Access to Information Orders

Decision Information

Summary:

The appellant submitted an access request to the Independent Electricity System Operator (the IESO) for annual pricing information from 2016 until 2064 for energy services that will be paid to Bruce Power for the Bruce Nuclear Generating Station. The IESO denied access to the information in two records under section 20(1) of the Electricity Act, 1998 (the EA), which deems certain information to be exempt under the mandatory third party information exemption in section 17(1) of the Freedom of Information and Protection of Privacy Act (FIPPA). The IESO also denied access to the information in three other records, citing the application of both section 17(1) and the discretionary economic and other interests exemption in section 18(1) of FIPPA.
In this order, the adjudicator finds that section 17(1) of FIPPA applies to the information at issue in two records by reason of the deeming provision in section 20(1) of the EA and finds that the public interest override in section 23 does not apply to this information. She also finds that neither sections 17(1) nor 18(1) apply to the annual pricing information in Records 4 to 6 and orders that information disclosed.

Decision Content

Logo of the Information and Privacy Commissioner of Ontario, Canada / Logo du Commissaire à l'information et à la protection de la vie privée de l'Ontario, Canada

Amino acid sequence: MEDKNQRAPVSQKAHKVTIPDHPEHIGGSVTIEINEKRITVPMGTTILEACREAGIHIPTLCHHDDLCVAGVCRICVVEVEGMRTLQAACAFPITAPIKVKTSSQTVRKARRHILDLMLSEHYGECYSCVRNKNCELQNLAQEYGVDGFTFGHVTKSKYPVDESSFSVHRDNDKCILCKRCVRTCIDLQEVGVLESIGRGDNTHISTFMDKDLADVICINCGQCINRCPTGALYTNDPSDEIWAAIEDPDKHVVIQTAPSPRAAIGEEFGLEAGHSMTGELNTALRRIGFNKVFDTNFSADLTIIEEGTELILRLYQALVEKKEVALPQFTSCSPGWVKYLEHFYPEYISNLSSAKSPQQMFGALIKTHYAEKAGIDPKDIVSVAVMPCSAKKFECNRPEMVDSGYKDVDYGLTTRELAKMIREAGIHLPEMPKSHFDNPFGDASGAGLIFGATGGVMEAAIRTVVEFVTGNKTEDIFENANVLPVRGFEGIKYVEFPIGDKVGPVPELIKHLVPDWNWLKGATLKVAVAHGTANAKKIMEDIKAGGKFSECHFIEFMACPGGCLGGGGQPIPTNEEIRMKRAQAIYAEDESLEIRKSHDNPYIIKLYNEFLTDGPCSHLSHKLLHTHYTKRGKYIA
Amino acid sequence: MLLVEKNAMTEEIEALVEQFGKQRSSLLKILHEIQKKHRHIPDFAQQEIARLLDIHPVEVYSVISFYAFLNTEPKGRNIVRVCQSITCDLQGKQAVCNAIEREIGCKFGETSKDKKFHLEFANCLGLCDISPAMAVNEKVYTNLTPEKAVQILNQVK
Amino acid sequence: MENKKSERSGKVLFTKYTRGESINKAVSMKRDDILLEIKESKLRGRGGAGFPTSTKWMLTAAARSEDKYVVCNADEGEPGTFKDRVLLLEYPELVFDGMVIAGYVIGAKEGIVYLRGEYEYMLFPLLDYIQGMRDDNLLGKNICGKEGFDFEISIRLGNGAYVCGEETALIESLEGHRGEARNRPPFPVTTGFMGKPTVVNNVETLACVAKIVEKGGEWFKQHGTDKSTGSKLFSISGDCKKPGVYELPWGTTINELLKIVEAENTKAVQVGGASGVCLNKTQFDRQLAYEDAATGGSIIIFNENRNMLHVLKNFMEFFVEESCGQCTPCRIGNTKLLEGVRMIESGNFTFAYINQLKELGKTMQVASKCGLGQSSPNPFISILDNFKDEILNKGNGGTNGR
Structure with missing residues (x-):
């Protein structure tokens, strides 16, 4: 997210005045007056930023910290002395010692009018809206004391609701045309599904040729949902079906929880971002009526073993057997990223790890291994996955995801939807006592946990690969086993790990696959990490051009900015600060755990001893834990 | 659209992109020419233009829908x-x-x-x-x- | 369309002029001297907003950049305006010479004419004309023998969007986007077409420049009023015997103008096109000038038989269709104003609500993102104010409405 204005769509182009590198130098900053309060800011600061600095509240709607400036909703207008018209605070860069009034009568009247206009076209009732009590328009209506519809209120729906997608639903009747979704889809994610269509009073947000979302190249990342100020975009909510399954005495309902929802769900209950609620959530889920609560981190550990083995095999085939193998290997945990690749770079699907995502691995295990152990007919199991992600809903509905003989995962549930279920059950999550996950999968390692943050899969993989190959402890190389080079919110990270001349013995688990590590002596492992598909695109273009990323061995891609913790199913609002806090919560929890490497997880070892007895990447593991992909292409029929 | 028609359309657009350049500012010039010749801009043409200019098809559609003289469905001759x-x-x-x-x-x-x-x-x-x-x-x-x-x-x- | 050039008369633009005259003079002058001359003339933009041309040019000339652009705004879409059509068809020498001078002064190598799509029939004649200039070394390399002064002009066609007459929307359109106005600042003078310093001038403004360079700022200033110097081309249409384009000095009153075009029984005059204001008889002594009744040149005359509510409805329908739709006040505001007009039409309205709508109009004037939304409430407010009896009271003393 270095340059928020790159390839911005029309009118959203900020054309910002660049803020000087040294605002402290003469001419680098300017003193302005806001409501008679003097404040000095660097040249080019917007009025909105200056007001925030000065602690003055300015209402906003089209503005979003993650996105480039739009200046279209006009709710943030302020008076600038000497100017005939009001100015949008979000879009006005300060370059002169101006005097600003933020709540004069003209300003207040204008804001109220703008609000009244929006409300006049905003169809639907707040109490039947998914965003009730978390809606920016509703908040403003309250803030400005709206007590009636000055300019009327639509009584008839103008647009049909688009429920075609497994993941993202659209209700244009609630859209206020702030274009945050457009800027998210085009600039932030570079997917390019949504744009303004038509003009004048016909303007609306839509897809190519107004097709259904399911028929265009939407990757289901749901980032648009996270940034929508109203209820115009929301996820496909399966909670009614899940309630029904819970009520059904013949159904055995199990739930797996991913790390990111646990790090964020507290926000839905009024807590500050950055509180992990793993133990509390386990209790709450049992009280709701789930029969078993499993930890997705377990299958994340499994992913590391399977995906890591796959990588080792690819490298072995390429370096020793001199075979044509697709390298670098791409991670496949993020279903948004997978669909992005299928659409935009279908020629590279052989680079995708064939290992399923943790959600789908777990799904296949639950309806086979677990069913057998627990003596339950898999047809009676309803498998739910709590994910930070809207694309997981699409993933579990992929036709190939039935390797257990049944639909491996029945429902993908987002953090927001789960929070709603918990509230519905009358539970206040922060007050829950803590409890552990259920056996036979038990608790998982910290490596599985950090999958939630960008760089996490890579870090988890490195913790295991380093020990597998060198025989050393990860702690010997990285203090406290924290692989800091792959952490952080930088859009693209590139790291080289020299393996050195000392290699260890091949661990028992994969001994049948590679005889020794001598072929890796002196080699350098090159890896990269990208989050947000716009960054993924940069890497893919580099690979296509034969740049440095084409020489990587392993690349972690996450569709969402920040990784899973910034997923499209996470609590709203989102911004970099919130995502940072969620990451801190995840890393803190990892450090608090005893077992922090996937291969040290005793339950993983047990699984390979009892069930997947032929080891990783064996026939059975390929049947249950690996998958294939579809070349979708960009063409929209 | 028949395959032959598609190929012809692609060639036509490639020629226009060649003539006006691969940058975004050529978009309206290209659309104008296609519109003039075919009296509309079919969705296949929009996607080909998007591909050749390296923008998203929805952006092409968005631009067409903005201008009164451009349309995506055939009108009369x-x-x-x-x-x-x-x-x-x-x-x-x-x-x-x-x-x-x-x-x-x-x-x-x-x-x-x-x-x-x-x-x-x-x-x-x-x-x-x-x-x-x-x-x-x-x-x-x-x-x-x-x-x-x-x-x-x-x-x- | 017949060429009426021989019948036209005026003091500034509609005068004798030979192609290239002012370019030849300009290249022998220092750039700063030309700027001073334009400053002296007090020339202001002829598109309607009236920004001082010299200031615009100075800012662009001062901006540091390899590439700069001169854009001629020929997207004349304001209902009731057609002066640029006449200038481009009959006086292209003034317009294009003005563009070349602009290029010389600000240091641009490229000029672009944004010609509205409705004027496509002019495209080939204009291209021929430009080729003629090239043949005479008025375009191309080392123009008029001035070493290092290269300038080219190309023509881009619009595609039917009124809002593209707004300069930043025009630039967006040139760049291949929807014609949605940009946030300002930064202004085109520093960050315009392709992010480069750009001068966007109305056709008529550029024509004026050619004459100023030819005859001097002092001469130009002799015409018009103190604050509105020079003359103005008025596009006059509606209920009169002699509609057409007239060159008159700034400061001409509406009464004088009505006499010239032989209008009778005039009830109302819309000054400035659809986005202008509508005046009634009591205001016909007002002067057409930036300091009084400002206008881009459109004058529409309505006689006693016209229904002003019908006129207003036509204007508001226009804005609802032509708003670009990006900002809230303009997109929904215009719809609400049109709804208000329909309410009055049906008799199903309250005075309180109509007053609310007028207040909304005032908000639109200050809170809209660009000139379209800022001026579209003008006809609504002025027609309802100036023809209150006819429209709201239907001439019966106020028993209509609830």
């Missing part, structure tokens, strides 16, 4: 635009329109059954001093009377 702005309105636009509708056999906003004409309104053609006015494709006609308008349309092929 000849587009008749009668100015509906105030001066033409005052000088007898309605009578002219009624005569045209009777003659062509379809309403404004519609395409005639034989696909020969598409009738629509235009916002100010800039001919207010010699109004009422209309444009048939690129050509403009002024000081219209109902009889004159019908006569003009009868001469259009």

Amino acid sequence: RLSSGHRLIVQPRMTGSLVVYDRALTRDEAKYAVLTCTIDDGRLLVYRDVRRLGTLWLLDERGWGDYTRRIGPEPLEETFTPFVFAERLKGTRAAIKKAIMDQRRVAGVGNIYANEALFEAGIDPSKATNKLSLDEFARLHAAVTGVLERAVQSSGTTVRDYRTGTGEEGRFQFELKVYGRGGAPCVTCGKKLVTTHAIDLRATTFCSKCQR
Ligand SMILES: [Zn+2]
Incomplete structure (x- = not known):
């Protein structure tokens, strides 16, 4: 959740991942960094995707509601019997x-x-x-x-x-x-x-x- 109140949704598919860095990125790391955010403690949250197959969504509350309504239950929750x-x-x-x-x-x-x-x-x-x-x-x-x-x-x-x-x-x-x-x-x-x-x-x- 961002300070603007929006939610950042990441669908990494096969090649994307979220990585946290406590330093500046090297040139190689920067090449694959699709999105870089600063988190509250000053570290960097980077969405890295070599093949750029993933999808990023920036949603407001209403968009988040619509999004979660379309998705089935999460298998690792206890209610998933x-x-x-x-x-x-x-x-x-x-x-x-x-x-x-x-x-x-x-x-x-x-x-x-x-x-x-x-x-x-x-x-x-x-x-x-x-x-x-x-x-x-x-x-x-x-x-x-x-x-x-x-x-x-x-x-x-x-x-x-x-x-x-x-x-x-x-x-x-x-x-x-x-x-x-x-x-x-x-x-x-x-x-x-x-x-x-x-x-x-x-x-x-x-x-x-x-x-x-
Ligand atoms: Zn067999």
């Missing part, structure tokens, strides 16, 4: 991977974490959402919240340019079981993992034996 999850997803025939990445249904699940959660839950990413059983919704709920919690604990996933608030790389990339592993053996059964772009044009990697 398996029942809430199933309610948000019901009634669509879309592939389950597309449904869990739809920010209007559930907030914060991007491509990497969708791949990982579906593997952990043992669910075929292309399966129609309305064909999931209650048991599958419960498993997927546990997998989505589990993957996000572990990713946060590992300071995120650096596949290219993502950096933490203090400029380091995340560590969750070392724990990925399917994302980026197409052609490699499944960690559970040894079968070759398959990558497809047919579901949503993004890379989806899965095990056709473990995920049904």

ORDER PO-3955

Appeal PA17-207

Independent Electricity System Operator

May 16, 2019

Summary: The appellant submitted an access request to the Independent Electricity System Operator (the IESO) for annual pricing information from 2016 until 2064 for energy services that will be paid to Bruce Power for the Bruce Nuclear Generating Station. The IESO denied access to the information in two records under section 20(1)  of the Electricity Act, 1998  (the EA ), which deems certain information to be exempt under the mandatory third party information exemption in section 17(1)  of the Freedom of Information and Protection of Privacy Act  (FIPPA ). The IESO also denied access to the information in three other records, citing the application of both section 17(1)  and the discretionary economic and other interests exemption in section 18(1)  of FIPPA .

In this order, the adjudicator finds that section 17(1)  of FIPPA  applies to the information at issue in two records by reason of the deeming provision in section 20(1)  of the EA  and finds that the public interest override in section 23  does not apply to this information. She also finds that neither sections 17(1)  nor 18(1) apply to the annual pricing information in Records 4 to 6 and orders that information disclosed.

Statutes Considered: Electricity Act, 1998 , S.O. 1998, c. 15, Sched. A, section 20(1) ; Freedom of Information and Protection of Privacy Act, R.S.O. 1990, c. F.31 , as amended, sections 17(1) (a) to (c), 18(1) (c) and (d), and 23 .

Orders Considered: Orders PO-3800 and PO-3801.

OVERVIEW:

[1]  The appellant submitted an access request to the Independent Electricity System Operator (the IESO) under the Freedom of Information and Protection of Privacy Act  (FIPPA  or the Act ). The request was for:

Any records that contain a forecast of the rates ($ per kWh or other unit of energy) that will be paid to Bruce Power for the Bruce Nuclear Generating Station [Bruce NGS or the station] in each year from 2016 until 2064. If no records exist with this data on an annual basis, please provide records with the forecast rates on an alternative basis (e.g. quarterly) for which data is available.